Presented by Meredith Stepita, DVM, DACVB

8 pm ET/5 pm PT, Wednesday, June 3, 2020

This webinar is approved for 1.5 hours of RACE CE for both veterinarians and veterinary technicians. 
Registration is FREE for HSVMA members.


If you are not yet a member, you can JOIN NOW to participate in this webinar, a free member benefit.

By the time many pets arrive at the veterinary clinic, they are already experiencing stress due to confinement in carriers, transport, awareness of the surrounding and/or the unknown. There are many ways that veterinary professionals can help prepare their patients for a clinic visit to reduce stress. Join Dr. Stepita for a discussion of this important topic including:  

  • Identify sources of canine and feline stress that occur prior to the veterinary visit.
  • Learn about and apply the 5 steps that make up a behavior modification plan.
  • Devise a treatment plan and counsel clients regarding foundational steps of behavior modification that pet owners must implement at home before the process of decreasing stress at the veterinary hospital can occur.
  • Understand the role select anti-anxiety medications and non-pharmaceuticals play in decreasing patient stress that occurs before the veterinary visit.

All HSVMA webinars are FREE for HSVMA members.

If you are not a veterinary professional (veterinarian, veterinary technician, veterinary or veterinary technician student), we welcome your participation in the webinar for a one-time fee. Please call 530-759-8106 or email [email protected] to complete the registration.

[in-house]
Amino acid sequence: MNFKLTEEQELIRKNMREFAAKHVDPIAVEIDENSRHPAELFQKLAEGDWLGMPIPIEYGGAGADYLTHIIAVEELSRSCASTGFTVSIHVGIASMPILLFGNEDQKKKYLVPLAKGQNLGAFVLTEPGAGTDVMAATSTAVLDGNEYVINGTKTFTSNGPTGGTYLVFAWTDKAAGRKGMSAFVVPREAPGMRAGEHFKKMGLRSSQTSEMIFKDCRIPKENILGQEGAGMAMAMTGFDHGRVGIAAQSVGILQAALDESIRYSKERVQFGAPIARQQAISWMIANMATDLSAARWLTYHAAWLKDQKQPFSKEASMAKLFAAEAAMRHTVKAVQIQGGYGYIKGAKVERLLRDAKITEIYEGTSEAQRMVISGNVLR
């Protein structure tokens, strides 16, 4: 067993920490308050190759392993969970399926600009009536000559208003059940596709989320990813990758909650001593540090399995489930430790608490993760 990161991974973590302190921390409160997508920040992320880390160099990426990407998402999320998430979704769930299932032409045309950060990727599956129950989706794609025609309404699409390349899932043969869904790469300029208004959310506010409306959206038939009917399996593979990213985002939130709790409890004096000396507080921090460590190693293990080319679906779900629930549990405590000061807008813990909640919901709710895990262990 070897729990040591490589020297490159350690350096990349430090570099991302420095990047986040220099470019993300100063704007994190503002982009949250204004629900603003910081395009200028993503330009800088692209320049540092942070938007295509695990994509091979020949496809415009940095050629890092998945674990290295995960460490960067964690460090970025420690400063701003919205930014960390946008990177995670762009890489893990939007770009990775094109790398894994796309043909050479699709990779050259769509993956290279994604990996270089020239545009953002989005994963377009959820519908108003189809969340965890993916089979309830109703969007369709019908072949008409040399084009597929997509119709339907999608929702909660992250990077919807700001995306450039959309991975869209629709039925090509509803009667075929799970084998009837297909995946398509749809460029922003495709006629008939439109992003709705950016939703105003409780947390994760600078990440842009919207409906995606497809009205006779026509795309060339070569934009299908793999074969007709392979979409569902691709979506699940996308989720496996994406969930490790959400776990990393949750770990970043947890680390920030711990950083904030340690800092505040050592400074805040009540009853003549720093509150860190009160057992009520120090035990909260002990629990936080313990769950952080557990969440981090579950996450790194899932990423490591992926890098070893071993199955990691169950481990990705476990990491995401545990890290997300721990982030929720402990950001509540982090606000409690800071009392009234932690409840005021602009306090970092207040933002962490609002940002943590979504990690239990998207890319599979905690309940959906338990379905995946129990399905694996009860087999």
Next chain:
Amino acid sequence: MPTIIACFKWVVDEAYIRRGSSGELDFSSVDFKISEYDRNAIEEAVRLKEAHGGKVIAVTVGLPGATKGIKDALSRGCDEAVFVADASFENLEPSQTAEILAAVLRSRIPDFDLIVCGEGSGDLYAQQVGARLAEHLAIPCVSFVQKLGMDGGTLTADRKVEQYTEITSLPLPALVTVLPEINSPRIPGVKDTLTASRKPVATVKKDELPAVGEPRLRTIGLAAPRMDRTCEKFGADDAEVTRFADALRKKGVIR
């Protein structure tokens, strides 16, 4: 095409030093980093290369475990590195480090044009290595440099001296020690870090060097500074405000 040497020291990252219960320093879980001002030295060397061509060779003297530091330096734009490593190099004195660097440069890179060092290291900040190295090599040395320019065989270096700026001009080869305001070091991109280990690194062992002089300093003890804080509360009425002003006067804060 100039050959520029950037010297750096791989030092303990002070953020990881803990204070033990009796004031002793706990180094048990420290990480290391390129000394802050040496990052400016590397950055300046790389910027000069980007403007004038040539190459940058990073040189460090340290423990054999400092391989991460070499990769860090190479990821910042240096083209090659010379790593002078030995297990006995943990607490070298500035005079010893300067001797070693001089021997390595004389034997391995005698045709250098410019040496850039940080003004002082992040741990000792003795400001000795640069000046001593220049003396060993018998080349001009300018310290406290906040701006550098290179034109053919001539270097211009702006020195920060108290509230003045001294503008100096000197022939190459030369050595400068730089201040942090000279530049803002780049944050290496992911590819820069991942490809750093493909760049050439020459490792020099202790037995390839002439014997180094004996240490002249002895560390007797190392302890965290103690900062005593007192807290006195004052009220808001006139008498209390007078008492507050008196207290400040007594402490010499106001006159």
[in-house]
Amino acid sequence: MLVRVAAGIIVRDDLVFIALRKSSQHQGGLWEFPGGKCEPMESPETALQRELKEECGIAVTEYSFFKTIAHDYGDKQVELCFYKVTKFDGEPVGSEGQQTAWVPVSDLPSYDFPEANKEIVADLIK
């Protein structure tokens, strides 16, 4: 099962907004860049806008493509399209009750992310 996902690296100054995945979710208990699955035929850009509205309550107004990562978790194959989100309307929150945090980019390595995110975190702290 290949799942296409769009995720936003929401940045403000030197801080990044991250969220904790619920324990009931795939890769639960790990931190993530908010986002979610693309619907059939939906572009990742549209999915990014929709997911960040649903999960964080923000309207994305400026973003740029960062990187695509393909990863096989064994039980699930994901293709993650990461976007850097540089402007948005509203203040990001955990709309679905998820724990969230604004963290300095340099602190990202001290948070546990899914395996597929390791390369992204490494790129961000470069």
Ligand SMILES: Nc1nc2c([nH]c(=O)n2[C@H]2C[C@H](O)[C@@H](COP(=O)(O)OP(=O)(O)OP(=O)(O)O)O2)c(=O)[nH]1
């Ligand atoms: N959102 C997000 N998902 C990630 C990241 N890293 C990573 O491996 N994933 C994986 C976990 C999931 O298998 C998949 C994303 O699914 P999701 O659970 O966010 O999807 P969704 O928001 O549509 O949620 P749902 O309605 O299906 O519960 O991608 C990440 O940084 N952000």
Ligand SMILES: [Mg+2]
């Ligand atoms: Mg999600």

Dr. Stepita received her DVM from the University of Tennessee in 2006. After completing an internship and working in general practice in Arizona she entered into the Clinical Veterinary Behavior Residency Program at the University of California-Davis, becoming a Board-Certified Veterinary Behaviorist in 2011. She spends most of her time in her San Francisco Bay Area-based practice, Veterinary Behavior Specialists, helping pet owners improve their pet’s behavior problems, and finds working with dedicated pet owners to be highly rewarding.
Dr. Stepita’s research involves the frequency of parvovirus in puppies attending puppy socialization classes. Results of this study showed that vaccinated puppies attending these classes were no more likely to be diagnosed with parvovirus than those not attending these classes. She has authored chapters on canine aggression, feline anxiety, feline house soiling, and canine and feline mourning in veterinary texts. Dr. Stepita is also a local and national speaker. Her areas of interest include canine and feline anxiety and aggression, the human-animal bond, and animal welfare.